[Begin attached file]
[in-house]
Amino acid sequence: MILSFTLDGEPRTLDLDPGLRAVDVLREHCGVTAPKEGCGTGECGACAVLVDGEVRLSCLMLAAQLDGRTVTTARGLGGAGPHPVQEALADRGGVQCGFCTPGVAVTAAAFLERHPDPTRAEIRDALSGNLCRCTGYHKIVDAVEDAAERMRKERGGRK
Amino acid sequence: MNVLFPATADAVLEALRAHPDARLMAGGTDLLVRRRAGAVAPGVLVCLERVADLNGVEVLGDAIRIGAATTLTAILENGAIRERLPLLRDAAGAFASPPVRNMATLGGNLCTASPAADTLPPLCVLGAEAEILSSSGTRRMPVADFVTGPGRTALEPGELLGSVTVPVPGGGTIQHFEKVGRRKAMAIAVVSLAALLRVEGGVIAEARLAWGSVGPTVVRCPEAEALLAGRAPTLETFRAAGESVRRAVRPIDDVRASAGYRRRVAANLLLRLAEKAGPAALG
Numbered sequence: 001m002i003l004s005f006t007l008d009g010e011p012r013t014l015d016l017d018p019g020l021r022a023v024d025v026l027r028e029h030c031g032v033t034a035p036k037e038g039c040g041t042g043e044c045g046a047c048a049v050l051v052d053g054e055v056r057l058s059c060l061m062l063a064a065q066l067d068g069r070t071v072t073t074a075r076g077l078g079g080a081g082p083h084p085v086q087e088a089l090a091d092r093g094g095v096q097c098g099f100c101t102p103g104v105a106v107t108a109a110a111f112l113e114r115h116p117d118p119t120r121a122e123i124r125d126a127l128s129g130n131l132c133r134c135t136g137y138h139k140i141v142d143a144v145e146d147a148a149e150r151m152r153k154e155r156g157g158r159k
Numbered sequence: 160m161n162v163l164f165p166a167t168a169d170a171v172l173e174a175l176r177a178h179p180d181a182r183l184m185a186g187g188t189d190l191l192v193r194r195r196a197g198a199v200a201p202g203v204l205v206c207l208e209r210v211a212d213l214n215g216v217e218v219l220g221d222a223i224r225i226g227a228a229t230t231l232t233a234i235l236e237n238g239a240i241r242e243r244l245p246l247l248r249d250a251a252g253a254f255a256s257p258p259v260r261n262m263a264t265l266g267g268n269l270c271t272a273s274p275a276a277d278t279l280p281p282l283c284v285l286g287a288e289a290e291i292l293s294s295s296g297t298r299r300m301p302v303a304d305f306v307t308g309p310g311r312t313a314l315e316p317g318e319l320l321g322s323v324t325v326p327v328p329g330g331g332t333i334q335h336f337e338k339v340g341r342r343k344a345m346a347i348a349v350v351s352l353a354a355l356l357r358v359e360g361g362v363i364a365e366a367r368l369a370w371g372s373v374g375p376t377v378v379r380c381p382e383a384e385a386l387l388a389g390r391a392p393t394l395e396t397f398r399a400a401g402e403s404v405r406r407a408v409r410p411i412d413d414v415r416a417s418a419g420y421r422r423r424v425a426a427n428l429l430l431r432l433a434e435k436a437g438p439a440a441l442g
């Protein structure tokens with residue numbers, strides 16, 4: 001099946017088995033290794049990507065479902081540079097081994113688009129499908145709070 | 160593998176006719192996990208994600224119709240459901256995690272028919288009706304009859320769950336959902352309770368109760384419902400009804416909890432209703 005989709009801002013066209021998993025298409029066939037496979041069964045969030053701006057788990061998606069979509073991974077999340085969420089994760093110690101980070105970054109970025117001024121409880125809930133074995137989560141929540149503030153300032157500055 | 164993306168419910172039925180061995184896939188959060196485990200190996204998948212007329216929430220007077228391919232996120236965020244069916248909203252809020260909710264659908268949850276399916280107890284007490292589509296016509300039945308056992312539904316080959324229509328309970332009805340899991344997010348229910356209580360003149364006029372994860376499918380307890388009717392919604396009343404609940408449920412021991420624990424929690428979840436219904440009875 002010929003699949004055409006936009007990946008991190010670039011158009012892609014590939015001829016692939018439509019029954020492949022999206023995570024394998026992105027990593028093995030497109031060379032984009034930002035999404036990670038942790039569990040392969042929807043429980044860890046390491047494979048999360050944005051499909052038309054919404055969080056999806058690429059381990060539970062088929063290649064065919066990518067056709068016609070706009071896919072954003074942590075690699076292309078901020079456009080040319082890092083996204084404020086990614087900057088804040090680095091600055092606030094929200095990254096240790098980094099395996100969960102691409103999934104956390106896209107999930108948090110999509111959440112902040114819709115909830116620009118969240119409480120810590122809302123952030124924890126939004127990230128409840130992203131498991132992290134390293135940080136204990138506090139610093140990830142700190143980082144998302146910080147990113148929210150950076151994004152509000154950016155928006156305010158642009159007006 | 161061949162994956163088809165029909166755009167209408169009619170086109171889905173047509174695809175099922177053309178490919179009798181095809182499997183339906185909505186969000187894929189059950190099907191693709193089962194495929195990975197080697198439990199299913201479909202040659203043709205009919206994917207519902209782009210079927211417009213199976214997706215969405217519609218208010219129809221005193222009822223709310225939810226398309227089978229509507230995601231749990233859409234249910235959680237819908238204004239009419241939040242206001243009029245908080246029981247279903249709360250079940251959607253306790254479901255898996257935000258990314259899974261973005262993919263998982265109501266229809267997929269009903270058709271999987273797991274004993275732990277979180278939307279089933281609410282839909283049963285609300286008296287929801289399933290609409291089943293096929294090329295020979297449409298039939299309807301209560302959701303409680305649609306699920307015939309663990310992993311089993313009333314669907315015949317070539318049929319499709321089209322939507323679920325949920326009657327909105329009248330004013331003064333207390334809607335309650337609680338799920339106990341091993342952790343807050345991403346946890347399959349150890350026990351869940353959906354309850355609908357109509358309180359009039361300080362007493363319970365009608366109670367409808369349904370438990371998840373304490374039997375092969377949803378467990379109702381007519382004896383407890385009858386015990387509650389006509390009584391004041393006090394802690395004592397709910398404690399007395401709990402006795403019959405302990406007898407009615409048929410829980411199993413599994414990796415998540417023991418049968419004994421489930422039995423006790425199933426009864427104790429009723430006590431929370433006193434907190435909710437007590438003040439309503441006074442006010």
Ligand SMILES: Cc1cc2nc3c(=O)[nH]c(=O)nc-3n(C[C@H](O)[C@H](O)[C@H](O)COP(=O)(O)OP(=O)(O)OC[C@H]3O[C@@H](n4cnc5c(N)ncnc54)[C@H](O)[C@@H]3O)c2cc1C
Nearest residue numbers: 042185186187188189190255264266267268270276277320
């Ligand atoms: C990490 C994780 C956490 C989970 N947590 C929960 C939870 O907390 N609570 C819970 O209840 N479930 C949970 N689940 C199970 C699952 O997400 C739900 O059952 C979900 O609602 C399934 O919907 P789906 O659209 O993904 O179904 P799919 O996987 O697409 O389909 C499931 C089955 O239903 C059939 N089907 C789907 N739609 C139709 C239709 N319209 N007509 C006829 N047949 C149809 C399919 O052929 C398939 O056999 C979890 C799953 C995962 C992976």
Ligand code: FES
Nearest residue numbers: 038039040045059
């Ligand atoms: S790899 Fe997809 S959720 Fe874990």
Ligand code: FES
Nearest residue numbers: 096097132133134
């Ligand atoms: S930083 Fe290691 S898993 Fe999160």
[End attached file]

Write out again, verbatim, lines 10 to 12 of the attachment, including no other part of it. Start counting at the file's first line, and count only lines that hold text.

Ligand code: FES
Nearest residue numbers: 038039040045059
């Ligand atoms: S790899 Fe997809 S959720 Fe874990």